Psychedelic Rock in the 1990s

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Contributors: Andranick Tanguiane, Fred Lerdahl,


Psychedelic rock saw a resurgence in the 1990s with bands like The Smashing Pumpkins and Radiohead leading the charge.

The Birth of Psychedelic Rock

Psychedelic rock is a subgenre of rock music that emerged in the late 1960s and early 1970s. The style is typically characterized by distorted guitars, trippy lyrics, and drug-inspired themes. The first psychedelic rock band is generally considered to be The Grateful Dead.

The Beatles and the Birth of Psychedelic Rock

Psychedelic rock, sometimes called acid rock, reached its peak popularity in the late 1960s. Bands such as the Beatles, the Beach Boys, and the Byrds experimented with new sounds, instrumentation, and production techniques. The result was a uniquely psychedelic sound that was both innovative and influential.

The Beatles were perhaps the most important band in the development of psychedelic rock. Their 1966 album Revolver is often cited as the first truly psychedelic record. The album featured experimental techniques such as backwards tapes and distorted vocals. It also included several songs with explicit references to drug use, including “Lucy in the Sky with Diamonds” and “Day Tripper.”

The Beach Boys were another important band in the development of psychedelic rock. Their 1966 album Pet Sounds is often considered to be a direct influence on Revolver. Pet Sounds featured a similar mix of experimentation and drug references. The album’s most famous track, “Good Vibrations,” is a perfect example of the band’s psychedelic sound.

The Byrds were also an important band in the development of psychedelic rock. Their 1966 album Fifth Dimension featured several tracks that would later become classics of the genre, including “Eight Miles High” and “Mr. Tambourine Man.” The Byrds’ sound was a unique blend of folk-rock and psychedelia that influenced many later bands.

Psychedelic rock reached its commercial peak in 1967, with the release of several classic albums including Sgt. Pepper’s Lonely Hearts Club Band by the Beatles, Are You Experienced by Jimi Hendrix, Piper at the Gates of Dawn by Pink Floyd, and Grateful Dead by The Grateful Dead. After 1967,psychedelic rock began to decline in popularity, but many of its innovations would be continued by subsequent generations of musicians.

The Rolling Stones and Psychedelic Rock

The Rolling Stones, who were at the forefront of the British Invasion, began experimenting with psychedelic music on their 1966 album Aftermath. The album’s opener, “Paint It, Black,” became the first song by a British rock band to feature a sitar, played by Brian Jones. The song was a massive hit, reaching #1 on the Billboard Hot 100 chart in the United States.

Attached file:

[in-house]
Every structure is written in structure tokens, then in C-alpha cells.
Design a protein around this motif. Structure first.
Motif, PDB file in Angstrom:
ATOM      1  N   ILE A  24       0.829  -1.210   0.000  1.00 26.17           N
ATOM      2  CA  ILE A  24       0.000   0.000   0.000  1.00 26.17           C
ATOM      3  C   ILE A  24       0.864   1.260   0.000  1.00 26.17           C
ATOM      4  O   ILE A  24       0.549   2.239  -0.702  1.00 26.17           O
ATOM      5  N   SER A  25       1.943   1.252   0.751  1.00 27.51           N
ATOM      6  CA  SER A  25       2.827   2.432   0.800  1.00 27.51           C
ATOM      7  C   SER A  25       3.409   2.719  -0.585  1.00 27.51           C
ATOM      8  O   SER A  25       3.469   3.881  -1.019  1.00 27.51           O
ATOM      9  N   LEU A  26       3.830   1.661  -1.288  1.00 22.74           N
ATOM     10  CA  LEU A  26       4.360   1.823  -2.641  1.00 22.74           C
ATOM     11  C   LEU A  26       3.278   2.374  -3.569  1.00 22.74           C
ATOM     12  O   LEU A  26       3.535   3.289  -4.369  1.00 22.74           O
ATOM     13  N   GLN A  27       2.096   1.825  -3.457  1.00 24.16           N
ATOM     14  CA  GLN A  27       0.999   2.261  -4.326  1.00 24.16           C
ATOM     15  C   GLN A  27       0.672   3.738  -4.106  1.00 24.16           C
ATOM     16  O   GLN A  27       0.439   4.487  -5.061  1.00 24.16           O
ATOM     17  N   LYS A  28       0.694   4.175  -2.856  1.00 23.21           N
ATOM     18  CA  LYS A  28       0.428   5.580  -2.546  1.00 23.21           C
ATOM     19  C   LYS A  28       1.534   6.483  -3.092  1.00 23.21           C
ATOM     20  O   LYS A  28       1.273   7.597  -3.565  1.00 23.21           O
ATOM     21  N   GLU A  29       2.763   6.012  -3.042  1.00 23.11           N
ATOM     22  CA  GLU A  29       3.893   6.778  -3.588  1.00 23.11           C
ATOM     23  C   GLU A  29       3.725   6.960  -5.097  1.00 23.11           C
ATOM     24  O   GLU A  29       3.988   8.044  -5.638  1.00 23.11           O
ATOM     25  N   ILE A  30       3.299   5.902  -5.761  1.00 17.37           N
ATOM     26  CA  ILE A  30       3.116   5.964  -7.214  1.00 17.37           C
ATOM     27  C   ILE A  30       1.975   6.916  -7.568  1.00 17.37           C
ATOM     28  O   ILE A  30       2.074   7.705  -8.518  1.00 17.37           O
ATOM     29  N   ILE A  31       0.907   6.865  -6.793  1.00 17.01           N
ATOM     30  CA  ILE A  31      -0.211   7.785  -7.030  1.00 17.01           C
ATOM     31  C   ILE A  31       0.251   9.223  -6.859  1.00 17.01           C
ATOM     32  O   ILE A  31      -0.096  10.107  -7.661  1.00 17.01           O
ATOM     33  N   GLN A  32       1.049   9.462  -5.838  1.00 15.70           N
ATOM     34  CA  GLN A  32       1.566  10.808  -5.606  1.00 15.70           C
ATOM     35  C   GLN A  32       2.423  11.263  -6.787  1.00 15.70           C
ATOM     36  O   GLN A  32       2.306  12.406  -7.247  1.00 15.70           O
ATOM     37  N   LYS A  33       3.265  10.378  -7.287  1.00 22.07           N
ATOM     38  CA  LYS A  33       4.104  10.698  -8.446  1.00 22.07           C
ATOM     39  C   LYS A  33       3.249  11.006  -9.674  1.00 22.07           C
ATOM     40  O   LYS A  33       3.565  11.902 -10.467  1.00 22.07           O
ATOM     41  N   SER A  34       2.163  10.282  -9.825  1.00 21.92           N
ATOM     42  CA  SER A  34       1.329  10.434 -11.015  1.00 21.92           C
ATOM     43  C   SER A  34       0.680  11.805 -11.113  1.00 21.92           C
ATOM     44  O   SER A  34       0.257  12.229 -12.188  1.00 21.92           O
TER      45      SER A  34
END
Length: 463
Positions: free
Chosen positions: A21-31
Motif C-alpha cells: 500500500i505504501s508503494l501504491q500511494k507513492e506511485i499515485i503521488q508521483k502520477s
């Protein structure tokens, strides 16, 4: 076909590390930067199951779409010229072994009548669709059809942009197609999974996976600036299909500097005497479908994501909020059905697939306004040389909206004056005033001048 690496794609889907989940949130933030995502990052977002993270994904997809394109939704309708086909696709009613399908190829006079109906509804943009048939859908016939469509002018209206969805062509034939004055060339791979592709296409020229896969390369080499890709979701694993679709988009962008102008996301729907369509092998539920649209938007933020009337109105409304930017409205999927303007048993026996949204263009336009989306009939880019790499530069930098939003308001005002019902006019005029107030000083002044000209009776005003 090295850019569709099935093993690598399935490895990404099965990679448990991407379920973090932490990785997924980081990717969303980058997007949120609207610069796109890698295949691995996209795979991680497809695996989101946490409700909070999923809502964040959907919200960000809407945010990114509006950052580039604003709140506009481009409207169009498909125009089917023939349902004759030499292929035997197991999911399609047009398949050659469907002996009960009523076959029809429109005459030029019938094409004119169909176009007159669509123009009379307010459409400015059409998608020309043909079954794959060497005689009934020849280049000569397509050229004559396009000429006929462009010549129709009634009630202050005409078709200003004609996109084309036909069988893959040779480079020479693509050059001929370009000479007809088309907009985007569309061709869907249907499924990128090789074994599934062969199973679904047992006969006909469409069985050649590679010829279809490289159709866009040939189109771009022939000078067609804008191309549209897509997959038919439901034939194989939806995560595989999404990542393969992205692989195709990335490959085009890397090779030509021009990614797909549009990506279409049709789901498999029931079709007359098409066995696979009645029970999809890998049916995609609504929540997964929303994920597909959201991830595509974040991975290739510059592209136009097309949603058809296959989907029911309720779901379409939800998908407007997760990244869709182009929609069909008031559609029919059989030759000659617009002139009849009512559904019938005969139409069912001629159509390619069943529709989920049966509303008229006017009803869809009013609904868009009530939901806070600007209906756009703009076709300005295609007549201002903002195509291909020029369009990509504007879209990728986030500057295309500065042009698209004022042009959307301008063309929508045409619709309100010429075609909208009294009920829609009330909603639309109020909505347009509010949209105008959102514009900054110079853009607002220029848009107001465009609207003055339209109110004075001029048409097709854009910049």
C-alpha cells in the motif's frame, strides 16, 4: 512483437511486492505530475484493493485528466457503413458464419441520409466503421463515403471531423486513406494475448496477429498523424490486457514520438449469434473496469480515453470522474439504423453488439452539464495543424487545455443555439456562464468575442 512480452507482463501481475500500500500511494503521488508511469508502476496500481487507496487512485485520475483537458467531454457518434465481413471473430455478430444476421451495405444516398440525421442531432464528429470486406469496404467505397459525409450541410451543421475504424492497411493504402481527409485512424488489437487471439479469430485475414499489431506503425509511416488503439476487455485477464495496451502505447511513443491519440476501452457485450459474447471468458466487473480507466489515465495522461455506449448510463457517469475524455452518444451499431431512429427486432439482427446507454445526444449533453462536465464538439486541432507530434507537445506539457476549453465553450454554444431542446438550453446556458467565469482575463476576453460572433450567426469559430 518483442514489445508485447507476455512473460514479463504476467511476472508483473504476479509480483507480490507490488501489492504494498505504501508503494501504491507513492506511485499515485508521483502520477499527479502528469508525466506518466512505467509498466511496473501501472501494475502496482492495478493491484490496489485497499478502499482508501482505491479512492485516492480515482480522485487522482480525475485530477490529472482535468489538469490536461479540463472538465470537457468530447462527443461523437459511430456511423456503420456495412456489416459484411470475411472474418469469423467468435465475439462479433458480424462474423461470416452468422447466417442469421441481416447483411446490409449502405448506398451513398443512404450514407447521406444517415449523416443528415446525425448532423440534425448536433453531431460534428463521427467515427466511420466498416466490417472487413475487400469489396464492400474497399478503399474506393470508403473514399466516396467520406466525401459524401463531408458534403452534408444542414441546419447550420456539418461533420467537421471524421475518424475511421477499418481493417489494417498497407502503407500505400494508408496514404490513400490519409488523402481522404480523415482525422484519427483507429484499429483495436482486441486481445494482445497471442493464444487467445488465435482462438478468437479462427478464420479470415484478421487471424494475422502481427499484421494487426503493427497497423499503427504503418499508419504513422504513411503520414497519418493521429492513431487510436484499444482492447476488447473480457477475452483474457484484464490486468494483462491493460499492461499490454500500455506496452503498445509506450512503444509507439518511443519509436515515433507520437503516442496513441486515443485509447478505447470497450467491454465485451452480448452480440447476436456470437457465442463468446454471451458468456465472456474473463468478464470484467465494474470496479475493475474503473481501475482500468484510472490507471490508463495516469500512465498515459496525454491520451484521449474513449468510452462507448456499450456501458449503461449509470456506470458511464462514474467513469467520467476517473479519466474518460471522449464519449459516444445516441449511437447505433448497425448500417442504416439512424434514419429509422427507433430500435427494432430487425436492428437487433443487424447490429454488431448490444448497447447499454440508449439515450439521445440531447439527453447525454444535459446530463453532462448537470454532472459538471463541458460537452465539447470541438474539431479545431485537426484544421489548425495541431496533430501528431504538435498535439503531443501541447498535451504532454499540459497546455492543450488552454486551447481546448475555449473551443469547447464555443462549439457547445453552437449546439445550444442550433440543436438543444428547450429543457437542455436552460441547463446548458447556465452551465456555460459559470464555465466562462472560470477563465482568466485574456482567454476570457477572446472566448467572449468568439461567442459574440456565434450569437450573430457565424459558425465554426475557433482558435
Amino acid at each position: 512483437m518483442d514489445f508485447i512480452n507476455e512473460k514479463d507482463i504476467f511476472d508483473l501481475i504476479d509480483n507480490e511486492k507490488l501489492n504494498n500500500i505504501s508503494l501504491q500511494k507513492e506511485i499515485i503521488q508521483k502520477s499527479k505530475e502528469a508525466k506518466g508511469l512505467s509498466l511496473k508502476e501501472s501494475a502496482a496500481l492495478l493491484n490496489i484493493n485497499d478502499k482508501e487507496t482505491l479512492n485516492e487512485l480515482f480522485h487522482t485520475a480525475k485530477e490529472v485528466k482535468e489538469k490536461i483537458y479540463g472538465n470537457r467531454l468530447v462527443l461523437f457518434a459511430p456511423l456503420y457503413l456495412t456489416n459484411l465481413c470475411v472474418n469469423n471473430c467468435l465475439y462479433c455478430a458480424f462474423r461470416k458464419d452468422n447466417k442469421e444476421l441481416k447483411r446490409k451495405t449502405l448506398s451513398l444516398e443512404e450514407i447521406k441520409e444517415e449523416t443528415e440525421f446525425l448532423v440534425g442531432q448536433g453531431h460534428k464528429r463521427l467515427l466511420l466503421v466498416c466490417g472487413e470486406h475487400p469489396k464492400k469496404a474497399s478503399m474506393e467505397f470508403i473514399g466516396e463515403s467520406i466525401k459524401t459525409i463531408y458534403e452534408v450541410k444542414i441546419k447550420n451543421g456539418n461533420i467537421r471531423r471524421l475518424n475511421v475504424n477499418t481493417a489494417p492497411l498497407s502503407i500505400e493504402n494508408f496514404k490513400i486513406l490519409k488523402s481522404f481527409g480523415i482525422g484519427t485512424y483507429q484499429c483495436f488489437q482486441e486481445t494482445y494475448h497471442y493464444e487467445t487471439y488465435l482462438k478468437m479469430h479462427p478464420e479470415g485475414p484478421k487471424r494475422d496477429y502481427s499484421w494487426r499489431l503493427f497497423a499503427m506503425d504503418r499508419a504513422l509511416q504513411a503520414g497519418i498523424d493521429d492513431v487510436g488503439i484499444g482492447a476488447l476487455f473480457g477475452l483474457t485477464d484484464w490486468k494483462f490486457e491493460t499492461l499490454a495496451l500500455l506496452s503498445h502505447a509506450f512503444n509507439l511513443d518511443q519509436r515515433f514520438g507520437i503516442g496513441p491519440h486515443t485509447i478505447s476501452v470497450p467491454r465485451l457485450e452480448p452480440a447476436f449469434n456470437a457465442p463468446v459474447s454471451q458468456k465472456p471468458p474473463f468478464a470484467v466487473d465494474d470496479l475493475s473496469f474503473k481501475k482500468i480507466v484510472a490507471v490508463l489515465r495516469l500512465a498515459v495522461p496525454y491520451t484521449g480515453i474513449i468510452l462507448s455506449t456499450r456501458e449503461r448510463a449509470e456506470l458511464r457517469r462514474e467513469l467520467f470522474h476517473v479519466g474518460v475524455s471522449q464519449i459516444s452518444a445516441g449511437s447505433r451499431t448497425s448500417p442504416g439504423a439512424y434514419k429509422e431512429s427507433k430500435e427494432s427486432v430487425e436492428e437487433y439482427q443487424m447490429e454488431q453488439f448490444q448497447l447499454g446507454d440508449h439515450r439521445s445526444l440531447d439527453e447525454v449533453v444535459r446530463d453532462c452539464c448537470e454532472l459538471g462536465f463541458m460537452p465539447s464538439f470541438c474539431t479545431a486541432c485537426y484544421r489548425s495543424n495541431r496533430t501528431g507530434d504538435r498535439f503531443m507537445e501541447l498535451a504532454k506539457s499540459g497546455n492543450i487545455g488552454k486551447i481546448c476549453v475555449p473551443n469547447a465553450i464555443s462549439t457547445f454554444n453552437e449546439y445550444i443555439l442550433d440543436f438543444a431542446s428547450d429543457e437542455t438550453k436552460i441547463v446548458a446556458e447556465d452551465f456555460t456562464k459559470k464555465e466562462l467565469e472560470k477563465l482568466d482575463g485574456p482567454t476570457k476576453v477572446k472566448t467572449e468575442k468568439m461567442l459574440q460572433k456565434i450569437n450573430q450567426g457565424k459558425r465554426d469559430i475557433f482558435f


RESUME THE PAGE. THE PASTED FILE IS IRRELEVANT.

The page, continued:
The Stones’ 1967 album Their Satanic Majesties Request is often regarded as the band’s most overtly psychedelic production. The record features extensive use of Mellotron and other electronic instrumentation, as well as an unusual amount of studio experimentation for a mainstream rock release. In particular, the track “She’s a Rainbow” made significant use of sound effects and backward recordings.

Despite its commercial success, Their Satanic Majesties Request was not well-received by critics at the time and is now generally considered to be one of the band’s weaker efforts. Nonetheless, it remains an important document of psychedelia in popular music and influenced numerous subsequent psychedelic rock bands.

Psychedelic Rock in the 1970s

Psychedelic rock, also referred to as psyrock, is a subgenre of rock music that is characterized by the use of psychedelic effects, often distorted guitars, and trippy lyrics. Psychedelic rock reached its peak popularity in the late 1960s and early 1970s with bands such as The Grateful Dead and Pink Floyd.

The Grateful Dead and Psychedelic Rock

Psychedelic rock is a subgenre of rock music that emerged in the late 1960s and early 1970s with the goal of expanding the mind and sparking creativity. It often featured distorted guitars, extended solo jamming, and elaborate live performances. Psychedelic rock reached its pinnacle in the mid- to late-1960s with bands such as the Grateful Dead, Jefferson Airplane, and the Doors, but it soon lost commercial appeal and was replaced by heavier genres such as hard rock and metal.

In the 1990s, there was a renewed interest in psychedelic rock, led by band’s like Nirvana, Pearl Jam, and Red Hot Chili Peppers. While these band’s didn’t have the same commercial success as their 1960s counterparts, they helped to keep the spirit of psychedelic rock alive.

Pink Floyd and Psychedelic Rock

Pink Floyd was one of the most successful and influential bands of the psychedelic rock era. They initially gained popularity playing rhythm and blues-influenced rock music, but by the early 1970s, they had adopted a more experimental approach that drew on a wide range of influences, including avant-garde and electronic music. They became known for their lengthy, grandiose concept albums, which often explored themes of mental illness and social alienation.